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Rahab Nungarrayi Spencer, Wardapi Jukurrpa (Goanna Dreaming) - Yarripilangu, 61x46cm
  • Rahab Nungarrayi Spencer, Wardapi Jukurrpa (Goanna Dreaming) - Yarripilangu, 61x46cm
  • Rahab Nungarrayi Spencer, Wardapi Jukurrpa (Goanna Dreaming) - Yarripilangu, 61x46cm
  • Rahab Nungarrayi Spencer, Wardapi Jukurrpa (Goanna Dreaming) - Yarripilangu, 61x46cm
  • Rahab Nungarrayi Spencer, Wardapi Jukurrpa (Goanna Dreaming) - Yarripilangu, 61x46cm
Rahab Nungarrayi Spencer, Wardapi Jukurrpa (Goanna Dreaming) - Yarripilangu, 61x46cm
Rahab Nungarrayi Spencer, Wardapi Jukurrpa (Goanna Dreaming) - Yarripilangu, 61x46cm
Rahab Nungarrayi Spencer, Wardapi Jukurrpa (Goanna Dreaming) - Yarripilangu, 61x46cm
Rahab Nungarrayi Spencer, Wardapi Jukurrpa (Goanna Dreaming) - Yarripilangu, 61x46cm

Rahab Nungarrayi Spencer, Wardapi Jukurrpa (Goanna Dreaming) - Yarripilangu, 61x46cm

$359.00
  • Aboriginal Artist - Rahab Nungarrayi Spencer
  • Community - Yuendumu  
  • Aboriginal Art Centre - Warlukurlangu Artists Aboriginal Corporation  
  • Art centre catalogue number - 1572/22
  • Materials - Acrylic on linen
  • Size(cm) - H61 W46 D2  
  • Postage variants - Artwork posted un-stretched and rolled for safe shipping
  • Orientation - Painted from all sides and OK to hang as wished

This painting depicts a ‘wardapi Jukurrpa’ (sand monitor/goanna [Varanus gouldii] Dreaming). This dramatic Jukurrpa travels between Purturlu (Mount Theo), approximately 150kms north-northwest of Yuendumu, and Yarripilangu (Newhaven), which is approximately 100kms southwest of Yuendumu. This painting focuses on the portion of the Jukurrpa that takes place at Yarripilangu, which is owned by Napaljarri/Nungarrayi women and Japaljarri/Jungarrayi men. The portion of the Jukurrpa at Purturlu belongs to Napanangka/Napangardi women and Japanangka/Japangardi men.

This Jukurrpa tells the story of a Japangardi man named Wamaru who lived at Jarrardajarrayi, an area of country near Purturlu. This Japangardi man lived at Jarrardajarrayi near a soakage called Juntangkalpa. He travelled south to Yarripilangu and approached a group of ‘karnta’ (women) that were sitting down in a circle there. He wanted to woo a Nungarrayi woman named Yurlkurinyi who was the wrong skin for him. By tribal law, this woman was his mother-in-law and their relationship would be taboo.

The Japangardi man wooed the Nungarrayi woman and they went up the hill at Yarripilangu where they made love. The earth there turned to ‘ngunjungunju’ (white ochre) and the man turned himself and all the ‘karnta’ (women) into ‘wardapi’ (goannas). The Japangardi man eventually brought the Nungarrayi woman back to Purturlu to live, even though they were the wrong skin for each other.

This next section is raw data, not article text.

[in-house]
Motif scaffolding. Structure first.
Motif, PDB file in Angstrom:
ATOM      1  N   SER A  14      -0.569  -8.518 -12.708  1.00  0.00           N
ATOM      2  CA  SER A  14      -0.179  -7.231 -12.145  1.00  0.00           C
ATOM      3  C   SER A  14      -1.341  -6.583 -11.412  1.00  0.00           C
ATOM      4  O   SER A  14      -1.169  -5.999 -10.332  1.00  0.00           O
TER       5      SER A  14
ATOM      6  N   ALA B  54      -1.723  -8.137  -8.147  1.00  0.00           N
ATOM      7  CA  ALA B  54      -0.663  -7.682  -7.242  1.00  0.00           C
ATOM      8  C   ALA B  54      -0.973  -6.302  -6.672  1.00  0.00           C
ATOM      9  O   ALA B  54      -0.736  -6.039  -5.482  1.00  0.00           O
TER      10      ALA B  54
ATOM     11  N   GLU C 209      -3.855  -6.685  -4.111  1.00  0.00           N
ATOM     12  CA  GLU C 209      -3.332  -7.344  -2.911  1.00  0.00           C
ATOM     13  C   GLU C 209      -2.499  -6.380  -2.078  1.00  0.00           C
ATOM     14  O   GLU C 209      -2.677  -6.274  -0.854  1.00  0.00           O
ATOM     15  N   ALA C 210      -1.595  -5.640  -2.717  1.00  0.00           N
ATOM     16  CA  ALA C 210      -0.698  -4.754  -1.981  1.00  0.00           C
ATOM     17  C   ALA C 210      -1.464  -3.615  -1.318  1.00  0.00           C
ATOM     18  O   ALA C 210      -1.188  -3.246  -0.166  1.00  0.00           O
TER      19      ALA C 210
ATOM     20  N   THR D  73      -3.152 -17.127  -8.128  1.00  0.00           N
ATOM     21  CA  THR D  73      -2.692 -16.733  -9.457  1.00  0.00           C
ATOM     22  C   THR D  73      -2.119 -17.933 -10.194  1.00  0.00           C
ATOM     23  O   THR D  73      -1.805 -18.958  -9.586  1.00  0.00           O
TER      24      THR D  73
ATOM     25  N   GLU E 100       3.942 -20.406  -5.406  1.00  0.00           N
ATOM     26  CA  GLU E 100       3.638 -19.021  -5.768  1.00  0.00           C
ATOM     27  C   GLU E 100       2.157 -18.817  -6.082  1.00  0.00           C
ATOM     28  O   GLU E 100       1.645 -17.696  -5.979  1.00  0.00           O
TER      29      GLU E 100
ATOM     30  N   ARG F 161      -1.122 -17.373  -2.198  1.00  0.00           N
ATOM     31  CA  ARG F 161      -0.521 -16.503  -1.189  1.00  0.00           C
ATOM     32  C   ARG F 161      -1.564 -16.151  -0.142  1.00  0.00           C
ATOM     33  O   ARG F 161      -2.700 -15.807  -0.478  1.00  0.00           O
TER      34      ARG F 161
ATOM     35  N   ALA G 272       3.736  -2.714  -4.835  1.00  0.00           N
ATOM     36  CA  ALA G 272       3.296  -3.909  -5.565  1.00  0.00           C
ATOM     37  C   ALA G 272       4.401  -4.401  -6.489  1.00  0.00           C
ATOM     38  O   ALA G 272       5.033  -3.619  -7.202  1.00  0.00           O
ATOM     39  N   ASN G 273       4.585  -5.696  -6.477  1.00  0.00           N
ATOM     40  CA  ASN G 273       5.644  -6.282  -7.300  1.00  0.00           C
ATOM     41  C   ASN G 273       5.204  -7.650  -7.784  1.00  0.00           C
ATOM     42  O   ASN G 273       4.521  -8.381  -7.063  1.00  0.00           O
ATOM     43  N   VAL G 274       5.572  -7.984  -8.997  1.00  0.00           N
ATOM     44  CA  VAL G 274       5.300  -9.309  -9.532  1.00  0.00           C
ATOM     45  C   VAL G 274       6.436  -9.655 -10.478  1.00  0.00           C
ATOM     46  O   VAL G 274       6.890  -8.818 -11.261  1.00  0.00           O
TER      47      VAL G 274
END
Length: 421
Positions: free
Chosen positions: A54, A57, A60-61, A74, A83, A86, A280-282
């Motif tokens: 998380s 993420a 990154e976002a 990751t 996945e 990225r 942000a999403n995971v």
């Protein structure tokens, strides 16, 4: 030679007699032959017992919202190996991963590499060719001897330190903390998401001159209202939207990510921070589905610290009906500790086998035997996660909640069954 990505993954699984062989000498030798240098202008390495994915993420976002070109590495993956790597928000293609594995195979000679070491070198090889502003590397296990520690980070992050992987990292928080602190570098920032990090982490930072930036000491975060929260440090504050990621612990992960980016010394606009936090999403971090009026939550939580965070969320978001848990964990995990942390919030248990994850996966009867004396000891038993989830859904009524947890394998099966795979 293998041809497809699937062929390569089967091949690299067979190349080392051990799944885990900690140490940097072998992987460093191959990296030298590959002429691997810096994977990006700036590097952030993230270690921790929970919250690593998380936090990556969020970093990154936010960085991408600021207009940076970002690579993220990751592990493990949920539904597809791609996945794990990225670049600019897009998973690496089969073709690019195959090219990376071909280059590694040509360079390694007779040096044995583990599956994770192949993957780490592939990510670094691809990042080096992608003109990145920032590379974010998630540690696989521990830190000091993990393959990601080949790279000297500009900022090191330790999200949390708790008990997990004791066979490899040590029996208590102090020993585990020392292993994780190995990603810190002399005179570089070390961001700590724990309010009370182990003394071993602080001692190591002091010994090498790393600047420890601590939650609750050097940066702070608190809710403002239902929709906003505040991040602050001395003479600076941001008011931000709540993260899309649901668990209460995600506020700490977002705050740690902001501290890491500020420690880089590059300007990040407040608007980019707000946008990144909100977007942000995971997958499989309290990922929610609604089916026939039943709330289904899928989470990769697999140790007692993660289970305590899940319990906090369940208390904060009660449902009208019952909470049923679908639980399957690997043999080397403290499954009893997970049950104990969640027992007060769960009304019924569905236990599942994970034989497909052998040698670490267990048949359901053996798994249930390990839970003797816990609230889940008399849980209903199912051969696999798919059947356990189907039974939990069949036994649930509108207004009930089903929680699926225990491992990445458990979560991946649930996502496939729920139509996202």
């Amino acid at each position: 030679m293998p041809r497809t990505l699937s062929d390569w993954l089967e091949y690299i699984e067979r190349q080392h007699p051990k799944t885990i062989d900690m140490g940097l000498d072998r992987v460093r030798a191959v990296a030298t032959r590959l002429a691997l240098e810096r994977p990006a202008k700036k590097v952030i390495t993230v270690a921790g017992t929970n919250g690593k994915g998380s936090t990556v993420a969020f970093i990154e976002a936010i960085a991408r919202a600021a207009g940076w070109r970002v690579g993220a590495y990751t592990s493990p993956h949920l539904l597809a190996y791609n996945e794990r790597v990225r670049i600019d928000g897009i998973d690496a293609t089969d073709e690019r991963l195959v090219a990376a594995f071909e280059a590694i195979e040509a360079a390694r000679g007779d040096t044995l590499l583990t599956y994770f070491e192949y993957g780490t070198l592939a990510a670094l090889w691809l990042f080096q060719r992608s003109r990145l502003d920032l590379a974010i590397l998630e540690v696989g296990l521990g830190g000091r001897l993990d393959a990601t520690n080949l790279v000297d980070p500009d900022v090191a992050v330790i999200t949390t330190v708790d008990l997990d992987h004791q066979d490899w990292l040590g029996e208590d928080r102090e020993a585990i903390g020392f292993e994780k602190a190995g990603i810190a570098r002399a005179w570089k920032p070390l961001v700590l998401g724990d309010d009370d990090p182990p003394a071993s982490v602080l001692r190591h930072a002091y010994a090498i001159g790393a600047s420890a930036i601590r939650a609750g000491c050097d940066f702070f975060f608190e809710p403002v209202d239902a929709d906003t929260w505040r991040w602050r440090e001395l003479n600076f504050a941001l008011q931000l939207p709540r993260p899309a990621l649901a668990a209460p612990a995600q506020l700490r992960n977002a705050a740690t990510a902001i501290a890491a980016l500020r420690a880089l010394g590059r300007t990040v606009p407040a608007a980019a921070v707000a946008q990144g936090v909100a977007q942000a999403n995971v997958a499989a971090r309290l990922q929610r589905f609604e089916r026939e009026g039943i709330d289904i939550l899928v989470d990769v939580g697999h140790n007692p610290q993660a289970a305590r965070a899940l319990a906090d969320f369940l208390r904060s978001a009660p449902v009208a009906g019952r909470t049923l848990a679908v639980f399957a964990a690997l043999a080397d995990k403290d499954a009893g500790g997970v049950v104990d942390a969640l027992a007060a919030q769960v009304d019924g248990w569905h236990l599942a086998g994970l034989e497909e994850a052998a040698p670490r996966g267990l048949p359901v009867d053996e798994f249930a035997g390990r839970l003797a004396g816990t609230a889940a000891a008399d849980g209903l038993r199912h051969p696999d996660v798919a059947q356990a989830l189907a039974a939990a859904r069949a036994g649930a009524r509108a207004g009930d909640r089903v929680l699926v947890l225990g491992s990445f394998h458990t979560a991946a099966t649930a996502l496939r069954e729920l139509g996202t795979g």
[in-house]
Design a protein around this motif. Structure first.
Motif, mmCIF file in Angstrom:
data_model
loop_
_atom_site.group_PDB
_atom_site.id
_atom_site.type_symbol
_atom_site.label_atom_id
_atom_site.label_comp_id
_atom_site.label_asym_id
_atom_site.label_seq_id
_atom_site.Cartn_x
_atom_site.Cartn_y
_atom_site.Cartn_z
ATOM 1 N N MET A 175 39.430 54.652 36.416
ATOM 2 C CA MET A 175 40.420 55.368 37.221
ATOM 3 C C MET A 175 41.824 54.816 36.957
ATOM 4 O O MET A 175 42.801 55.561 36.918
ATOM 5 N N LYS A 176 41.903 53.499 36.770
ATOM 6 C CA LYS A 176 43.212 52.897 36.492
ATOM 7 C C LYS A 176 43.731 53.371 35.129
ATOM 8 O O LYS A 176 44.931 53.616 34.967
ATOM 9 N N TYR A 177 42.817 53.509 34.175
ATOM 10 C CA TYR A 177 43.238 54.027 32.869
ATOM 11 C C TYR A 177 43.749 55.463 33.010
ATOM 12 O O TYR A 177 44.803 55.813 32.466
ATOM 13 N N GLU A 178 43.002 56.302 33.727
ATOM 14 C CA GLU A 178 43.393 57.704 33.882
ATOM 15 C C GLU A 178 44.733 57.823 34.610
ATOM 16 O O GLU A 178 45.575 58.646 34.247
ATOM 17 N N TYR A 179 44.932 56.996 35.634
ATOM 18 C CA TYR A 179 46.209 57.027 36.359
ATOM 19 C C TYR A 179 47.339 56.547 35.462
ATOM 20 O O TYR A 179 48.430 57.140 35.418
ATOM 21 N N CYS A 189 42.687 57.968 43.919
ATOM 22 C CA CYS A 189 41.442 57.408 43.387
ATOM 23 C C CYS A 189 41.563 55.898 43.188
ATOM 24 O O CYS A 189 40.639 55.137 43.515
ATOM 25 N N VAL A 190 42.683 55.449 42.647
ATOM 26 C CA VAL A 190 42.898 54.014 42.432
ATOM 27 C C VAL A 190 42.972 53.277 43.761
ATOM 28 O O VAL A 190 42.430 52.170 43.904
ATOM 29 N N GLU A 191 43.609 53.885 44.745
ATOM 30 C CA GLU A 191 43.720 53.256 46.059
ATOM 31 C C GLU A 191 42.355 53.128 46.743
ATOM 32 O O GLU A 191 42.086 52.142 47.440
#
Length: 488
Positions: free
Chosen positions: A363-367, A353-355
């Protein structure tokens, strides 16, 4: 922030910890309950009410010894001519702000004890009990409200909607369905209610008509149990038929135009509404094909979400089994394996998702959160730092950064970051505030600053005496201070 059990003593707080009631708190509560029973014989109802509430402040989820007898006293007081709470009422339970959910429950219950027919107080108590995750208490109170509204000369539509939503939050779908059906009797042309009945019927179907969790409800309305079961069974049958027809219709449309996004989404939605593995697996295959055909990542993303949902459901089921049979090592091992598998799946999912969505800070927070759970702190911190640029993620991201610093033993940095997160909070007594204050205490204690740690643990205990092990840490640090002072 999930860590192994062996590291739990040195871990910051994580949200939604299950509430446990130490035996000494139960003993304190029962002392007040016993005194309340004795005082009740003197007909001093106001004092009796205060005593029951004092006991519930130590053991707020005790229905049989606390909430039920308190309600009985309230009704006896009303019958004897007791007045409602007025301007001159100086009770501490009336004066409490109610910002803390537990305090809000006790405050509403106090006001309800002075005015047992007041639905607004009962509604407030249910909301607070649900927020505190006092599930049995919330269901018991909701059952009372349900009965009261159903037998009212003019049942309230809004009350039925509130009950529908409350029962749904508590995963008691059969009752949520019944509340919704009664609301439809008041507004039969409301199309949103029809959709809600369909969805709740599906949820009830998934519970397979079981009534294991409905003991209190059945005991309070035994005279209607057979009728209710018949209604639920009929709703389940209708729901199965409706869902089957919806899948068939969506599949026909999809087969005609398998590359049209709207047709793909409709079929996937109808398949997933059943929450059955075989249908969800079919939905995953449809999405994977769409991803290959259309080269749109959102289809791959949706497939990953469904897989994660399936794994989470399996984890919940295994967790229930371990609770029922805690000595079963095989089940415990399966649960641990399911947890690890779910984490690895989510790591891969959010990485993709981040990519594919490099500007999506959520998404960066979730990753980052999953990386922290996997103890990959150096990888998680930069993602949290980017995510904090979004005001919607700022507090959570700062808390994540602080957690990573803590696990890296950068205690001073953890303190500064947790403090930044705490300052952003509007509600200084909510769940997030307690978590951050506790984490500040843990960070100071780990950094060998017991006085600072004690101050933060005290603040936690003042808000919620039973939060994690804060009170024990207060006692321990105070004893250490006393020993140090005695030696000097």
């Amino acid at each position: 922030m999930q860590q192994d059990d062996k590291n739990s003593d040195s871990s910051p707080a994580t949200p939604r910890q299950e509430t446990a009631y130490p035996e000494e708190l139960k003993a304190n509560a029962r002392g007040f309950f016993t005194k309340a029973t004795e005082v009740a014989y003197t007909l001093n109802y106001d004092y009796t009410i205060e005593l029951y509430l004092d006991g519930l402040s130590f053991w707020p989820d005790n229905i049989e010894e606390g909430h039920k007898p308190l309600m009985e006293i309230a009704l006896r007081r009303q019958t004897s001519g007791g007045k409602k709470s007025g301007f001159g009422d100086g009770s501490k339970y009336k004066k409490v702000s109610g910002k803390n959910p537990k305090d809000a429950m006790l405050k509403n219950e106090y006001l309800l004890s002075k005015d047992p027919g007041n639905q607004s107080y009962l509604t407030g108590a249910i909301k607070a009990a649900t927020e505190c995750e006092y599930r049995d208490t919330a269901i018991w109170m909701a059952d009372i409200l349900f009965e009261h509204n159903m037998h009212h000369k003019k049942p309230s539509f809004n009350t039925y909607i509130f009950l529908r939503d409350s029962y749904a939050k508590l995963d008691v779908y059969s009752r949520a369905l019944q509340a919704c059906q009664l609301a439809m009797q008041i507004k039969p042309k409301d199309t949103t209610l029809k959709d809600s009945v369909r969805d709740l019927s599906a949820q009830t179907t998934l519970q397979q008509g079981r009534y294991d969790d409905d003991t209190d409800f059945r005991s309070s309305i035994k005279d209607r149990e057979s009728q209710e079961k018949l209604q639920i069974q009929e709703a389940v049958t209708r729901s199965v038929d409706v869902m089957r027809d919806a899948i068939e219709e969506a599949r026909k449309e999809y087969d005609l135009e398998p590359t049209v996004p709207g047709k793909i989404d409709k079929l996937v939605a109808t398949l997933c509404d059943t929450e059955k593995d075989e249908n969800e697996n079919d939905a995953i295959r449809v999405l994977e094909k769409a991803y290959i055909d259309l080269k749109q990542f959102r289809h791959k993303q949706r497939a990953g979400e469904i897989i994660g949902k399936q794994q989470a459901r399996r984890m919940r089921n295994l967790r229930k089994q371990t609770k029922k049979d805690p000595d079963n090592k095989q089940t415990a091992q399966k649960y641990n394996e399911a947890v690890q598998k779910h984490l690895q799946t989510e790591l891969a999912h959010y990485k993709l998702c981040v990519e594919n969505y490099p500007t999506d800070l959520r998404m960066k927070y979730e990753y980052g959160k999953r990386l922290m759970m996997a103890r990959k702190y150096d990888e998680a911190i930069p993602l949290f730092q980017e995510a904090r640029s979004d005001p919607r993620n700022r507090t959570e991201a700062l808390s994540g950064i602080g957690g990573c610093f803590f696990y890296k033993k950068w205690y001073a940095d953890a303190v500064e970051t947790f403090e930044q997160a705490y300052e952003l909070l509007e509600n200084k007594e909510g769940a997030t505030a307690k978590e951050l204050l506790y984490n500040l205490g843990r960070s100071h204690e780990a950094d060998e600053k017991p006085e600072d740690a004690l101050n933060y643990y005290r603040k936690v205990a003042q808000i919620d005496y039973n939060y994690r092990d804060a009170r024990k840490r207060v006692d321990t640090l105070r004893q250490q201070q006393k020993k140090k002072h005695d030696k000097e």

White ochre is still found on top of the hill at Yarripilangu and is used today for love magic and for ceremonial decoration. There’s also a cave where you can see the shape of a goanna entering. There are beautiful groundwater springs on the east side of the Yarripilangu hill. A number of important Jukurrpa associated with mens’ initiation ceremonies pass through Yarripilangu; these include ‘karnta Jukurrpa’ (womens’ Dreaming), ‘ngalyipi Jukurrpa’ (snakevine [Tinospora smilacina] Dreaming), ‘wati-jarra Jukurrpa’ (two men Dreaming), and ‘witi Jukurrpa’ (ceremonial pole Dreaming).

In contemporary Warlpiri paintings, traditional iconography can be used to represent the Jukurrpa, particular sites, and other elements. In paintings of this Jukurrpa, the group of women is often represented by concentric circles and ‘U’ shapes. Concentric circles can also illustrate ‘wardapi’ holes and the droppings they leave, while ‘wardapi’ tracks are usually represented by ‘W’ shapes.

Rahab Nungarrayi Spencer was born in 1967 in Amoongana, an Aboriginal community 15 kms south-east of Alice Springs in the NT of Australia. Just after Rahab was born her family moved to Yuendumu, a remote Aboriginal community 290 km north-west of Alice Springs. She has three brothers, Edgar, Jacob and Lloyd and a younger sister Ruth. Both her parents have passed away. Rahab attended Yuendumu School before going to Yirara College, a boarding college in Alice Springs. She returned to Yuendumu after she finished school and worked in the local shop. She later married ‘a white fella”, Warren Freeman. She has three sons, her two eldest sons are married and her youngest son loves footie and plays for Yuendumu Magpies. Her three sons are from a previous relationship. She has one daughter from her marriage to Warren. She also has three grandchildren. Rahab has been painting with Warlukurlangu Artists Aboriginal Corporation, an Aboriginal owned and governed art centre located in Yurndumu, since 2007. She mainly paints her father’s Jukurrpa stories, Dreamings which related directly to her land, its features and the plants and animals that inhabit it. These stories were passed down to her by her father and mother and their parents before them for millennia. Rahab uses traditional iconography and likes to use Aboriginal colours, that is red, black and yellow, while developing a modern individualist style to depict her traditional Jukurrpa. When Rahab is not painting she loves to cook and clean her house.




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